Teachers union urges schools, colleges to shift to remote learning
Illinois' second-largest teachers union is urging school districts, community colleges and universities to close buildings entirely and shift to or remain in full-time remote instruction with the statewide COVID-19 death toll at its highest since May.
Illinois Federation of Teachers President Dan Montgomery is calling on state officials to set a threshold that would trigger an automatic shift to remote learning. That would make it easier for local school boards and administrators who are getting a lot of pushback to close schools down again, he added.
"We'd like a little more clarity," Montgomery said. "We're calling for the governor and the Illinois State Board of Education to issue very clear metrics for how to move forward. In New York City, at 3% positivity rate schools go to remote instruction. Here, there is no consistency. Superintendents and school boards are telling us that they would like that certainty and clarity, as well."
IFT represents 103,000 teachers and paraprofessionals in prekindergarten through 12th-grade school districts as well as faculty and staff at Illinois' community colleges and universities, including College of Lake County, Elgin Community College, Harper College and McHenry County College.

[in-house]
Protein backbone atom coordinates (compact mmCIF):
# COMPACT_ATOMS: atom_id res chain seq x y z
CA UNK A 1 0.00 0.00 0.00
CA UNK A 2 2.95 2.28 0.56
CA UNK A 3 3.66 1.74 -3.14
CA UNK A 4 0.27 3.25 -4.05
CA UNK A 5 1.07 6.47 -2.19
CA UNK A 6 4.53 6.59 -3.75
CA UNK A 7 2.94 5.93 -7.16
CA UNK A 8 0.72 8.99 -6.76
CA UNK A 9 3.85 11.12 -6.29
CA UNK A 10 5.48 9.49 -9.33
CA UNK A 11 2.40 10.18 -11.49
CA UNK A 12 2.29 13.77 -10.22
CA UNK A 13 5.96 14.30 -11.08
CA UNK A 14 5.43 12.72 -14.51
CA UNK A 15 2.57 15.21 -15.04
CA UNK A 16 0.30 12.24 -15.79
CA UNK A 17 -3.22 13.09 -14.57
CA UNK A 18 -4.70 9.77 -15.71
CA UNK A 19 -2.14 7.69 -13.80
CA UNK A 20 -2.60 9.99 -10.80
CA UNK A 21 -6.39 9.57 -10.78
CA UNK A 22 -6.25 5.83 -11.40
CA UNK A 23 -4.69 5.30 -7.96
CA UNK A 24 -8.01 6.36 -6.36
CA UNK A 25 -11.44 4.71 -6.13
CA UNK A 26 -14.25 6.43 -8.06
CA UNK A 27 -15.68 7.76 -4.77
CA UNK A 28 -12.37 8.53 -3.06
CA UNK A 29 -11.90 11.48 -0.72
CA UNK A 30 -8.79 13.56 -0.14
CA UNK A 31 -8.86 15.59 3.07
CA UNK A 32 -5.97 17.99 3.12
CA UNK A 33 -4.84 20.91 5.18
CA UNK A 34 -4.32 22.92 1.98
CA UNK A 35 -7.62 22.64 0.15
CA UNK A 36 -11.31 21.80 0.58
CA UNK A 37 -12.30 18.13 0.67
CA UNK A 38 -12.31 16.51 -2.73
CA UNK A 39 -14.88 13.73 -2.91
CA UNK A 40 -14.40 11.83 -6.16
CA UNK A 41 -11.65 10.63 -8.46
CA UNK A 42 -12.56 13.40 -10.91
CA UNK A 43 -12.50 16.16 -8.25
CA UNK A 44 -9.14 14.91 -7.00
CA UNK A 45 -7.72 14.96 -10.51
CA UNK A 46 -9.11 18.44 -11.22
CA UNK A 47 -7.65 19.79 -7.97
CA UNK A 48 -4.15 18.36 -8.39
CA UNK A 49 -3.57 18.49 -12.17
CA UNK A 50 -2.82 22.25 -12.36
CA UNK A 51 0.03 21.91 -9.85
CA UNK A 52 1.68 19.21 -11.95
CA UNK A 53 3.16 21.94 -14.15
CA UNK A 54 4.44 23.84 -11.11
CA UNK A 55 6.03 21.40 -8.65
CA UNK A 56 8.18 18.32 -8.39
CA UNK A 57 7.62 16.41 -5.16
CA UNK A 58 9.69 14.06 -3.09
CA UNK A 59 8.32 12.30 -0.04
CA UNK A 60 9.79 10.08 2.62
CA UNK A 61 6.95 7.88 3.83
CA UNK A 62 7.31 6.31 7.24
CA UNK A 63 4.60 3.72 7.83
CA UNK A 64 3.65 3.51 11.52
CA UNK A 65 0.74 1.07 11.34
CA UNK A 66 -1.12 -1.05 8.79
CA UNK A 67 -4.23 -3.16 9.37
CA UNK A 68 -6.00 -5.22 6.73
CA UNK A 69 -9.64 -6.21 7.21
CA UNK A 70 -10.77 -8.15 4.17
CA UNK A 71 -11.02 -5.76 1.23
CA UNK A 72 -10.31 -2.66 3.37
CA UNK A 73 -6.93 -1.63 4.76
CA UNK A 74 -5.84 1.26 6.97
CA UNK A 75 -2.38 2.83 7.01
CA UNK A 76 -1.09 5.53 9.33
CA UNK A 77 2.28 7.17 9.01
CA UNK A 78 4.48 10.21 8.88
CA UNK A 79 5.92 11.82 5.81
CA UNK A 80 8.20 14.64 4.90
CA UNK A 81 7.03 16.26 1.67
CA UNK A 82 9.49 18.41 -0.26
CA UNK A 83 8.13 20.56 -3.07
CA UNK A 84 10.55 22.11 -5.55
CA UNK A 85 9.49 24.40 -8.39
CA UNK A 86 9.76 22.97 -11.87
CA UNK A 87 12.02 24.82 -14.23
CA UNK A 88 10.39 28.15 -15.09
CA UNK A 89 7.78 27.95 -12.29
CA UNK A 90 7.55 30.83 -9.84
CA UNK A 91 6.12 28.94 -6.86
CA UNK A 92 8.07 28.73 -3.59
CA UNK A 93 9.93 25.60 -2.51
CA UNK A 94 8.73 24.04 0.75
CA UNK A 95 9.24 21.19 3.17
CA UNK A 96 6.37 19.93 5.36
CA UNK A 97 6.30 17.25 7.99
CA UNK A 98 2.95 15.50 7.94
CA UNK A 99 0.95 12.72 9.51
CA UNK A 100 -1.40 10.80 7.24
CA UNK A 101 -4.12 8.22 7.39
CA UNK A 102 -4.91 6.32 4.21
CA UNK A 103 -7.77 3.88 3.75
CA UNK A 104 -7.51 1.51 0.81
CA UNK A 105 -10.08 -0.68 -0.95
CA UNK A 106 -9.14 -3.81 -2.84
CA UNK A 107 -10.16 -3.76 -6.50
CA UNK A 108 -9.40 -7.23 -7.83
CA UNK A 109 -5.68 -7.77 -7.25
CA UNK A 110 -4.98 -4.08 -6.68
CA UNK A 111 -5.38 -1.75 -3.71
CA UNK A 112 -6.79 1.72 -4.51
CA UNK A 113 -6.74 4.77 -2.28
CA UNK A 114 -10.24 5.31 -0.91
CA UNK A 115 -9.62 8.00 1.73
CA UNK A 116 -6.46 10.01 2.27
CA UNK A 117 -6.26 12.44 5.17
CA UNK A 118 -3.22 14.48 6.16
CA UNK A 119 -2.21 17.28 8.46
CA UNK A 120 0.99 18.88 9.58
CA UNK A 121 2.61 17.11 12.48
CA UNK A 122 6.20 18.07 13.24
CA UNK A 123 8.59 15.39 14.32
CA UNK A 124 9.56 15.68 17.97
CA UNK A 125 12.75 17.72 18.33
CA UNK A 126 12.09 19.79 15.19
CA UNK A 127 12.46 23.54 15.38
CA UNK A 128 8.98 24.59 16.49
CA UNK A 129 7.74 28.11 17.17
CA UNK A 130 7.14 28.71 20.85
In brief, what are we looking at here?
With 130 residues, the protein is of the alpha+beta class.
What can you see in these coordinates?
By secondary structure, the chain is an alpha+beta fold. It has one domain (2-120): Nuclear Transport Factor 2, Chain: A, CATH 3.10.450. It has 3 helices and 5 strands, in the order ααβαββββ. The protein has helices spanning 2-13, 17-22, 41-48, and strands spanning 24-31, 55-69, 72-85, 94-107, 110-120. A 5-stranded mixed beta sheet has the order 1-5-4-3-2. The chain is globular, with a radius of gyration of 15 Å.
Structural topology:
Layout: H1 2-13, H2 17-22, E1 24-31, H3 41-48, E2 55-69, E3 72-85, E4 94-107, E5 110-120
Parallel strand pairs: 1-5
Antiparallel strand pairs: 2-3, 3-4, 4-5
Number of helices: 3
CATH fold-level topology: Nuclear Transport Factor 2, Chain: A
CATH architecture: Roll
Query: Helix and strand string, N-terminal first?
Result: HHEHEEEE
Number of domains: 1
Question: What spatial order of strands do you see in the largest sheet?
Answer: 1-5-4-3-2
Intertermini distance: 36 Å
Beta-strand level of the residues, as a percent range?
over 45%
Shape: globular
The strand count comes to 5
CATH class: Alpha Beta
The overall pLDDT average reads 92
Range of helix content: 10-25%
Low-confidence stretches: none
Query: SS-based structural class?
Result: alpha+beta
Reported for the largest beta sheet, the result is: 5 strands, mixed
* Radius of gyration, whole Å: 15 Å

Harper College in Palatine has been almost fully in remote mode this semester except for a few classes with labs, such as chemistry and HVAC. Even those labs will switch to being completely online starting Saturday, said David Richmond, history professor and president of Harper's faculty senate.
Harper's 210 full-time faculty members have been teaching remotely from the start. A limited number of students -- roughly 10% of the normal population -- were allowed on campus for labs at any given time.
"We are still averaging almost one COVID case per day," Richmond said. "It's definitely been increasing for the last couple of weeks. All of our feeder districts have had to shut down (after trying hybrid classes). It looks like we are going to stay all remote in the spring."
Of the 235 educational institutions whose staff the union represents, 42 are operating fully in person, 13 have in-person classes for adults only, 68 have gone fully remote and 107 are offering blended learning, Montgomery said.
"Make no mistake: Our members are working harder than ever -- long hours, working in environments that risk their health, learning new ways to reach students, and doing everything they can to make learning successful this year," Montgomery said. "Our members from preschool to higher education want to be back with their students, but the stakes are too high to open school buildings for in-person instruction while the death toll and infection rates surge."
Montgomery said in some cases local unions have been able to work out issues with school leaders to do more testing and ensure safety.
"Although now, every county in Illinois is well over any kind of safe limit," Montgomery said. "We've had numerous outbreaks in schools ... we've had outbreaks and even deaths occur ... this is an extremely dangerous time that will get worse, and that is really the context of this."
Union leadership is willing to go to court or the labor board to redress any grievances, he added.